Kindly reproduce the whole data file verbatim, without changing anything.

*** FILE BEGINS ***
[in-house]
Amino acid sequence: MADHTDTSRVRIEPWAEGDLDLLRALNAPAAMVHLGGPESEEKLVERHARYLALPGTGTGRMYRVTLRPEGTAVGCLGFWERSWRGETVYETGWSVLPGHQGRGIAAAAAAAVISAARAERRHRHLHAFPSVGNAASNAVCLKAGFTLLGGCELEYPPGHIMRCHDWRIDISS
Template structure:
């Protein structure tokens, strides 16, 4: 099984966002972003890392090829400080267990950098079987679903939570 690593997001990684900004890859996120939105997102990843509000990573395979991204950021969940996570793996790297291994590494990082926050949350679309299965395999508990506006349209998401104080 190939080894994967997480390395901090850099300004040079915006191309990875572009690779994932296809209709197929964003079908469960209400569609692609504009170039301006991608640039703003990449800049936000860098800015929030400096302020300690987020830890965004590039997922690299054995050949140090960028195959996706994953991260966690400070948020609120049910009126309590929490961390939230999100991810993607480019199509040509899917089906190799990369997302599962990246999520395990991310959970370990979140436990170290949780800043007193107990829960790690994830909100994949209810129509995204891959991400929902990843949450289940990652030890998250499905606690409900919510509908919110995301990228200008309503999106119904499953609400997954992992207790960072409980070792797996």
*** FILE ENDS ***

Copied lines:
[in-house]
Amino acid sequence: MADHTDTSRVRIEPWAEGDLDLLRALNAPAAMVHLGGPESEEKLVERHARYLALPGTGTGRMYRVTLRPEGTAVGCLGFWERSWRGETVYETGWSVLPGHQGRGIAAAAAAAVISAARAERRHRHLHAFPSVGNAASNAVCLKAGFTLLGGCELEYPPGHIMRCHDWRIDISS
Template structure:
């Protein structure tokens, strides 16, 4: 099984966002972003890392090829400080267990950098079987679903939570 690593997001990684900004890859996120939105997102990843509000990573395979991204950021969940996570793996790297291994590494990082926050949350679309299965395999508990506006349209998401104080 190939080894994967997480390395901090850099300004040079915006191309990875572009690779994932296809209709197929964003079908469960209400569609692609504009170039301006991608640039703003990449800049936000860098800015929030400096302020300690987020830890965004590039997922690299054995050949140090960028195959996706994953991260966690400070948020609120049910009126309590929490961390939230999100991810993607480019199509040509899917089906190799990369997302599962990246999520395990991310959970370990979140436990170290949780800043007193107990829960790690994830909100994949209810129509995204891959991400929902990843949450289940990652030890998250499905606690409900919510509908919110995301990228200008309503999106119904499953609400997954992992207790960072409980070792797996």